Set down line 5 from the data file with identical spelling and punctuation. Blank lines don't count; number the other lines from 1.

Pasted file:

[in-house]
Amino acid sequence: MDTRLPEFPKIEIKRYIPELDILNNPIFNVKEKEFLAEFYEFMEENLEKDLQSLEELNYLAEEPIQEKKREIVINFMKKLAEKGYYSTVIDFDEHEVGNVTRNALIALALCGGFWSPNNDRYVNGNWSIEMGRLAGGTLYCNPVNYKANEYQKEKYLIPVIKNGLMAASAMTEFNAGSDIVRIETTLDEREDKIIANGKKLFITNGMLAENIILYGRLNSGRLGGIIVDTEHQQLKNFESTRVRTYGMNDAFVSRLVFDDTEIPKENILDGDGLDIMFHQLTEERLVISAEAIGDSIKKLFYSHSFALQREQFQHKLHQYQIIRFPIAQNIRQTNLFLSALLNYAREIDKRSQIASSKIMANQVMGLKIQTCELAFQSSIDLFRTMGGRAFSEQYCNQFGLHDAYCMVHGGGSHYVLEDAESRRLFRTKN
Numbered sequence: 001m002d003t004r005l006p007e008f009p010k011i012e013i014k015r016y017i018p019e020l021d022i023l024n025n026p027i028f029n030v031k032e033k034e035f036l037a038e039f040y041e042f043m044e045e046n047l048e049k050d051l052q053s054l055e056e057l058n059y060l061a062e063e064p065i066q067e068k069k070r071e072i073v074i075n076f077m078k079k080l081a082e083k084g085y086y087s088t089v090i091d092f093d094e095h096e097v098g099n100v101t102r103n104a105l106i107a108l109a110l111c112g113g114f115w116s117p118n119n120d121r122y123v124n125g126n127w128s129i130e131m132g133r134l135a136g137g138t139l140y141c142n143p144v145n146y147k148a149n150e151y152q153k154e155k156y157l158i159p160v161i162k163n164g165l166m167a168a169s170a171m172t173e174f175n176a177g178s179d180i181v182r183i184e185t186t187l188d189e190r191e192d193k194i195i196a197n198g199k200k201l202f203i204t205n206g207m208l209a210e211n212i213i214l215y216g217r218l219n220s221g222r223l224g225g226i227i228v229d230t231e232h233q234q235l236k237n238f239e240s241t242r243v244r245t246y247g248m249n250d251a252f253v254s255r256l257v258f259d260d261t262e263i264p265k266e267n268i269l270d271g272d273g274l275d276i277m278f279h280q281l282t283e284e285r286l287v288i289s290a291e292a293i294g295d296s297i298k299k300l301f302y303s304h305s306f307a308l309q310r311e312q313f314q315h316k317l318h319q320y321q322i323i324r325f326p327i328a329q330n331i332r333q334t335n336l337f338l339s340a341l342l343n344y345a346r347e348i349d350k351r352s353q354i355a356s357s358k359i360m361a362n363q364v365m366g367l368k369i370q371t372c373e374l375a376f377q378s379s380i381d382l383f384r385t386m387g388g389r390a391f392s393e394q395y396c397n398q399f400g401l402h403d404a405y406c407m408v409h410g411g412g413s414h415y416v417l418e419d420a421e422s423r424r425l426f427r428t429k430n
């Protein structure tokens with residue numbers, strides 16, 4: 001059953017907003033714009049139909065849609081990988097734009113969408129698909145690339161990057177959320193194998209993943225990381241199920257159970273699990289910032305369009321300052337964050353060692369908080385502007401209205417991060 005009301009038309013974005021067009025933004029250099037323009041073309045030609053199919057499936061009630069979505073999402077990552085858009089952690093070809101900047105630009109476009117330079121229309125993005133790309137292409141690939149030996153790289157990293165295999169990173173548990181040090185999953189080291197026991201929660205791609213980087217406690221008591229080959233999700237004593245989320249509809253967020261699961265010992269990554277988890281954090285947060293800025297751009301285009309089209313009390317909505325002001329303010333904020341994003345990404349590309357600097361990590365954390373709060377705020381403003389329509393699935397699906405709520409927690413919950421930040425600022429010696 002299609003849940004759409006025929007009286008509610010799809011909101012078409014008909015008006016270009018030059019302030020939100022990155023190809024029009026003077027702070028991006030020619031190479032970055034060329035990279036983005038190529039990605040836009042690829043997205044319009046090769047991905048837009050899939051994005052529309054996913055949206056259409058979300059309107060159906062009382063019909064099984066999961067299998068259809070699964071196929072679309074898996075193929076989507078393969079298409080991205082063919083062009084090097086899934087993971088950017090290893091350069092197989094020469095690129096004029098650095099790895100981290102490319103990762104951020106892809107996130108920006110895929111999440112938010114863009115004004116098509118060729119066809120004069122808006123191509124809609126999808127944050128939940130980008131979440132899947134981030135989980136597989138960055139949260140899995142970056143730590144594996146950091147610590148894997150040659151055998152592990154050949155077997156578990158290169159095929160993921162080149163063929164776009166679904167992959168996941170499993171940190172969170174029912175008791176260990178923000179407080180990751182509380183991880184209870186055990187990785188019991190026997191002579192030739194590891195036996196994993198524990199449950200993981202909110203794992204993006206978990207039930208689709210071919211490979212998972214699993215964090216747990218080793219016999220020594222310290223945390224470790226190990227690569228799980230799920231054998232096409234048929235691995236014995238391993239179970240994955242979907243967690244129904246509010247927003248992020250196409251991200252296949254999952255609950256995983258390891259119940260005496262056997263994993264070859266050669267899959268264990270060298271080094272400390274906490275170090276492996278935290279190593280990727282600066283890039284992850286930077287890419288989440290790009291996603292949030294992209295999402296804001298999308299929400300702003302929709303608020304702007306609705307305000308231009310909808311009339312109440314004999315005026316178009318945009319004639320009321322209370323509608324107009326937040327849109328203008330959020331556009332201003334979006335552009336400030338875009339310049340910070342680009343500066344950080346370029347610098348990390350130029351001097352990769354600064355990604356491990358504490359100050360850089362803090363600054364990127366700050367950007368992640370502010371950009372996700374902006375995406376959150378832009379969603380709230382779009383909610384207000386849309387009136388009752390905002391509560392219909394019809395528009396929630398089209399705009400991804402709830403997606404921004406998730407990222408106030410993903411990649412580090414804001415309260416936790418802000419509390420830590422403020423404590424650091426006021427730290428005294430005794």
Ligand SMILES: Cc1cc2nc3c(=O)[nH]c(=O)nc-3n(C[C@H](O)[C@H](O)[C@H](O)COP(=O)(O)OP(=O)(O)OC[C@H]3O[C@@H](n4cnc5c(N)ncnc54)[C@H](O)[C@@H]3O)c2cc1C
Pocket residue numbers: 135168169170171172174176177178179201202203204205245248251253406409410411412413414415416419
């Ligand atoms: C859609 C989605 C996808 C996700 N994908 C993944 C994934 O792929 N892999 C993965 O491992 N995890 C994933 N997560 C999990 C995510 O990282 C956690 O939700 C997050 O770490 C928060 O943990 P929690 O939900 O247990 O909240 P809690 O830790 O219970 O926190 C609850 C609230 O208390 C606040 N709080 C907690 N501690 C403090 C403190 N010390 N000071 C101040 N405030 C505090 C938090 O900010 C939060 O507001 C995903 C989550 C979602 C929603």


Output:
Ligand SMILES: Cc1cc2nc3c(=O)[nH]c(=O)nc-3n(C[C@H](O)[C@H](O)[C@H](O)COP(=O)(O)OP(=O)(O)OC[C@H]3O[C@@H](n4cnc5c(N)ncnc54)[C@H](O)[C@@H]3O)c2cc1C